In this episode of "Voices of Conservation Finance," our guest was Bethany Olmstead, Conservation Manager with Working Forest Fund, a program of The Conservation Fund. She shared how her background in land conservation guides her work with The Conservation Fund to finance the acquisition and protection of forestland in the United States. She discussed how her passion for protecting land for wildlife habitat and public access can also provide economic benefits for local communities.
Sustainable forestry represents a major portion of conservation finance’s investable landscape. According to a 2016 Forest Trends report, “State of Private Investment in Conservation 2016,” sustainable timberland investments accounted for approximately 34 percent of all private conservation investments from 2004 to 2015.
Conservation managers and entrepreneurs who are looking to make their projects stand out as investment opportunities should be sure to supply the information that investors want. Impact investing experts interviewed by Conservation Finance Network expressed a surprising lack of interest in most impact metrics and measurements aside from carbon sequestration. They instead indicated that they prioritize honest assessments of risk. They also value an understanding of how an investment opportunity can fit into a larger portfolio.
There is a growing gap between available impact capital and conservation investments. This has become a major focal point for investment professionals in the field. One reason for this trend may be that conservation investments are not meeting investor expectations due to a lack of quality opportunities.
This article by Paula Chamas and Mark Berry is part of the Conservation Finance Network Toolkit, a resource designed for professionals who want to learn or communicate about the industry. Carbon stored in forests has become a great opportunity for conservation-minded landowners to obtain an additional stream of revenue.
The community of Ixtlán de Juárez in Oaxaca, Mexico is a great example of the multiple economic, ecological and social benefits of a sustainably managed community forest. Forest management and ownership has fostered social and economic prosperity in this community while protecting the unique environmental values of its land. It is an indigenous Zapotec community located in one of the poorest areas of Mexico in the rugged mountains of the Sierra Juarez. Revenues from forest management have been reinvested over the years in the creation and growth of different community-owned enterprises.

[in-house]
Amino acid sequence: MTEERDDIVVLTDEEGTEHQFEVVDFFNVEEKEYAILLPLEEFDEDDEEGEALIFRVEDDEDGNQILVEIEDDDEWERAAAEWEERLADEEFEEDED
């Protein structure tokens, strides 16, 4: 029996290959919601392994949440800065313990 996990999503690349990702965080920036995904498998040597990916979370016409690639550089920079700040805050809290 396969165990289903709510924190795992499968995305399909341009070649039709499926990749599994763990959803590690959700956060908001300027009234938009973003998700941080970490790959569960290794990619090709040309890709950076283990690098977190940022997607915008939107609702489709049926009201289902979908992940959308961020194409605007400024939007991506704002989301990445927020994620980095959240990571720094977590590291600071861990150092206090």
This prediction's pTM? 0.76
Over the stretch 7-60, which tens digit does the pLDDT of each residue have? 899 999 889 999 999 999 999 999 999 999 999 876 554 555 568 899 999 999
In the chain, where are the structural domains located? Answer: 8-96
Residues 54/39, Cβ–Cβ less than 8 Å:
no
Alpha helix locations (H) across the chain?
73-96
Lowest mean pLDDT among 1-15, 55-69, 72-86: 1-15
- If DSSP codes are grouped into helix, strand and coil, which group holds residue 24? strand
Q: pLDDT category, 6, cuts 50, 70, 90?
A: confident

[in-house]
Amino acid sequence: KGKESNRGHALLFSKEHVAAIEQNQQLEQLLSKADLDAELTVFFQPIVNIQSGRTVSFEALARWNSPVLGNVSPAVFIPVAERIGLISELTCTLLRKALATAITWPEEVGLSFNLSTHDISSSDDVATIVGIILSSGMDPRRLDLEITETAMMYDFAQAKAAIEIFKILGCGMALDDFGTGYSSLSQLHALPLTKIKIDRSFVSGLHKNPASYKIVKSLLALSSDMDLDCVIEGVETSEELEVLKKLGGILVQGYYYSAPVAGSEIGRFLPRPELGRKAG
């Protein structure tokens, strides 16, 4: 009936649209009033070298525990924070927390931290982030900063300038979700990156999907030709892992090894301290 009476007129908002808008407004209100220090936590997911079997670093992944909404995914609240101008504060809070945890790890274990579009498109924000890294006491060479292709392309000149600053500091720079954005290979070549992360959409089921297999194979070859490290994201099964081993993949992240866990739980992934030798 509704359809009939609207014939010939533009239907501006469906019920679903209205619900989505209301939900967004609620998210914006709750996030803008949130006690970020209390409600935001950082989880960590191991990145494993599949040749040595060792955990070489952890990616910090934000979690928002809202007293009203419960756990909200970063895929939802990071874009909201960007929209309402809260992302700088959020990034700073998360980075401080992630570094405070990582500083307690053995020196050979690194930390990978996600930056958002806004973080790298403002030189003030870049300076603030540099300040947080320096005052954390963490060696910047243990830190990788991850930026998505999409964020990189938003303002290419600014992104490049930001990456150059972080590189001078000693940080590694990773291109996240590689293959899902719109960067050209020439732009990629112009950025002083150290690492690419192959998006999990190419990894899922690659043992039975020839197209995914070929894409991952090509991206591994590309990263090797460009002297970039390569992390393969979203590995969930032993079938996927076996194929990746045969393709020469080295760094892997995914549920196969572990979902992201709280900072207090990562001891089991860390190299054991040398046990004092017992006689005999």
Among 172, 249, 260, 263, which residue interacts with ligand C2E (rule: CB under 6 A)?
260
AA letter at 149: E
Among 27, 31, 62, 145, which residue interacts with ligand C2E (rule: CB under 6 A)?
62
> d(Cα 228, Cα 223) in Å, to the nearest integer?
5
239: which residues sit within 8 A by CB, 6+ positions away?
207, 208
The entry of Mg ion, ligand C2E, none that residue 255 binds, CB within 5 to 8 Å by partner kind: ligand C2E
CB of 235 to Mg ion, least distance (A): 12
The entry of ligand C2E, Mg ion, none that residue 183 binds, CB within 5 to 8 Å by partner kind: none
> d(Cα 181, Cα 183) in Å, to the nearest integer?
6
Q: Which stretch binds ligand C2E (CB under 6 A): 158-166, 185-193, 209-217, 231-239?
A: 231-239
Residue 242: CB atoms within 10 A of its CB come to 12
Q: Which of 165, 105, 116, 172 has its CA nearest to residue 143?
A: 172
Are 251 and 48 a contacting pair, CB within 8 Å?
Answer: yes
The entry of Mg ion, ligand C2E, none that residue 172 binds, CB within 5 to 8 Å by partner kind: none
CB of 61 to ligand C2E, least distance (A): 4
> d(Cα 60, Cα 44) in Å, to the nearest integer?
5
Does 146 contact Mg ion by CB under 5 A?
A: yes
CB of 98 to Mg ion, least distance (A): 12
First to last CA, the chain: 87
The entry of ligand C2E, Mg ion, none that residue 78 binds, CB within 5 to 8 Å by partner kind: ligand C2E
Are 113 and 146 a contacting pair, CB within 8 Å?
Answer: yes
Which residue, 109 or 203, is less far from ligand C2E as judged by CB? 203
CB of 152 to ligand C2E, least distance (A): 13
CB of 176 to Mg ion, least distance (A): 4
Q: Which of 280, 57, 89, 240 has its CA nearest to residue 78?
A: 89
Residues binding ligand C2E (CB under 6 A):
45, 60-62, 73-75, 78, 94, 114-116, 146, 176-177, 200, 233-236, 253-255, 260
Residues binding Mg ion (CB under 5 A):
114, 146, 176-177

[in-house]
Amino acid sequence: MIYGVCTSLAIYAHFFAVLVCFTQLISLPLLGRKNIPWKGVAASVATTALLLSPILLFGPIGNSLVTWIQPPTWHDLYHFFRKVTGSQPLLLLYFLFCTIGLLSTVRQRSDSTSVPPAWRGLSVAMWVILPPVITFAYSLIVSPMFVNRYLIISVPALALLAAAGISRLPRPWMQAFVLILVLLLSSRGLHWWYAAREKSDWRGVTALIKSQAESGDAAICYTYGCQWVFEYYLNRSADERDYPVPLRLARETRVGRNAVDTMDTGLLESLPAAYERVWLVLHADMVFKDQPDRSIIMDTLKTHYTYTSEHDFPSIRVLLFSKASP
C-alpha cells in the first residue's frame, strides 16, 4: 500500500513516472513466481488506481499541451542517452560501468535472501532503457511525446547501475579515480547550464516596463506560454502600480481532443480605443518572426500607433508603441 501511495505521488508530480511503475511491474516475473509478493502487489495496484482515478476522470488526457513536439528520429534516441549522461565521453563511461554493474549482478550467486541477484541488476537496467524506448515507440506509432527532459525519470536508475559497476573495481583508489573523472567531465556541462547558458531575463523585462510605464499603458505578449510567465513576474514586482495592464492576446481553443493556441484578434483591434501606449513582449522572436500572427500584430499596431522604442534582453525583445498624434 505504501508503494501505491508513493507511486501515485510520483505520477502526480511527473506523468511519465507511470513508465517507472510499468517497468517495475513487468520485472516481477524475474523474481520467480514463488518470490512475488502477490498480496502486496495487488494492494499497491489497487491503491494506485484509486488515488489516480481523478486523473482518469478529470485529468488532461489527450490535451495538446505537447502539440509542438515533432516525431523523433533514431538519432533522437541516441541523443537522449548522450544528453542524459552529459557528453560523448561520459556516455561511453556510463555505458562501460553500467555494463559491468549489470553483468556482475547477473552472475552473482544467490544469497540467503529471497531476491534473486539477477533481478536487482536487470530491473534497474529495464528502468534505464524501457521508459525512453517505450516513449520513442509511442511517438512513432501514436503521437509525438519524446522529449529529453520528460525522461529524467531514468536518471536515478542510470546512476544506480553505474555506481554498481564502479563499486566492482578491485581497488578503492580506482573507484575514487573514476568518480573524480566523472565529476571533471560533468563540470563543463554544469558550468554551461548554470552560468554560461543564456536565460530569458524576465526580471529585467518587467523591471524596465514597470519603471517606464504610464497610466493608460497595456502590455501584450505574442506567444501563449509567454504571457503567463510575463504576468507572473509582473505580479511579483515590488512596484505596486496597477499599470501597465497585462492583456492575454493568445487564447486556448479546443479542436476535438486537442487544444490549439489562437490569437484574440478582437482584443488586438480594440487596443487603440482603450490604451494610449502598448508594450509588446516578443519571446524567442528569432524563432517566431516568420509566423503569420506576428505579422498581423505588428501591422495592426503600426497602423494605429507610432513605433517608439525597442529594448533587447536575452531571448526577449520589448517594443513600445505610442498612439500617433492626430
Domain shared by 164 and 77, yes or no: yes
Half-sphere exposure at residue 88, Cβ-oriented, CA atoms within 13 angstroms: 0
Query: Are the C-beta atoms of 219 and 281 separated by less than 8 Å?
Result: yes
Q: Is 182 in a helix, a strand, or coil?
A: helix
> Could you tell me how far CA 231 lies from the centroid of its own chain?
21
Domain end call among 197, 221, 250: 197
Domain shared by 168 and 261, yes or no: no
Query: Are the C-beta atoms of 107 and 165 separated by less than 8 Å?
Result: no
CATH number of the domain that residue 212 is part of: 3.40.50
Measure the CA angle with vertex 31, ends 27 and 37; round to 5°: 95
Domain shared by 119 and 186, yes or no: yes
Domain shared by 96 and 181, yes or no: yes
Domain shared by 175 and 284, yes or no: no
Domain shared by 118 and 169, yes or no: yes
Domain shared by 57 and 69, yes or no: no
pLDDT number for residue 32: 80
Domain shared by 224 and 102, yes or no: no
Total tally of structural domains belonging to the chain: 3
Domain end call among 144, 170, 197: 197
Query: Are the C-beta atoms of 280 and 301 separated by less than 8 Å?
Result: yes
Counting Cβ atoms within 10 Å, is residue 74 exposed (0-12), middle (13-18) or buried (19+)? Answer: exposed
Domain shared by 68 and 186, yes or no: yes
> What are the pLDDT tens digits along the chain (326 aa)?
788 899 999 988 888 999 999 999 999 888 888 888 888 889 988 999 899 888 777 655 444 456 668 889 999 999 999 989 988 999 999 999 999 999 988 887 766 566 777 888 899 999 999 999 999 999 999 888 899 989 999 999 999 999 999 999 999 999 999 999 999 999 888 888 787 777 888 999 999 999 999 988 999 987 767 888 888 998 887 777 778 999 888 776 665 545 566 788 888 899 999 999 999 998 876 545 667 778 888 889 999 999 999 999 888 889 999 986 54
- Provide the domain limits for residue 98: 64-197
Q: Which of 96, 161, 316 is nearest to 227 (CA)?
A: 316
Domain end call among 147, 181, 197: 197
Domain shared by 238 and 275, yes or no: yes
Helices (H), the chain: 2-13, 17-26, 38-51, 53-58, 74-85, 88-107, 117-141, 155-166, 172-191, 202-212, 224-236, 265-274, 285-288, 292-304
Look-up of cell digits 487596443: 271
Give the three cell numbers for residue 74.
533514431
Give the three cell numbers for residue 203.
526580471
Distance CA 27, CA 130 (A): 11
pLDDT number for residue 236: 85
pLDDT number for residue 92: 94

What does it take to make a forest collapse ecologically? How can the corporate sector prevent this collapse of its natural capital? According to Kerry Cesareo, vice president of the Forests Program at World Wildlife Fund, there are threats to the natural capital of the private sector that lie outside its current practices and need to be addressed. Along with traditional conservation programs and partnerships, the private sector is seeking to play a larger role in investing in programs that keep forests from reaching their ecological tipping points.
Simply put, business in its current form is a disaster for the environment. But it doesn’t have to be this way. Imagine businesses that make money by improving the land and communities around them. Imagine an economy that rewards those who nourish and restore the environment, instead of those who plunder and degrade it. What would those businesses look like?
As severe wildfires leave their charred mark on the western United States this season, Conservation Finance Network interviewed Blue Forest Conservation staff about the Forest Resilience Bond project. This massive collaboration is bringing private finance to bear on ecological restoration to reduce the risk of these catastrophes.
Have you seen the brilliant crimson and amber of fall foliage in New England? Every year our trees make tourists and natives alike stop and stare in amazement as our region’s forests put on a final show in preparation for winter. But our vibrant forests are at risk. New Englanders are losing 65 acres of forest per day, or 24,000 acres per year, to dispersed and fragmented residential and commercial development. If this trend continues, the region will lose another 1.2 million acres — an area nearly twice the size of Rhode Island — over the next 50 years. And it is not just the fall fireworks that we stand to lose.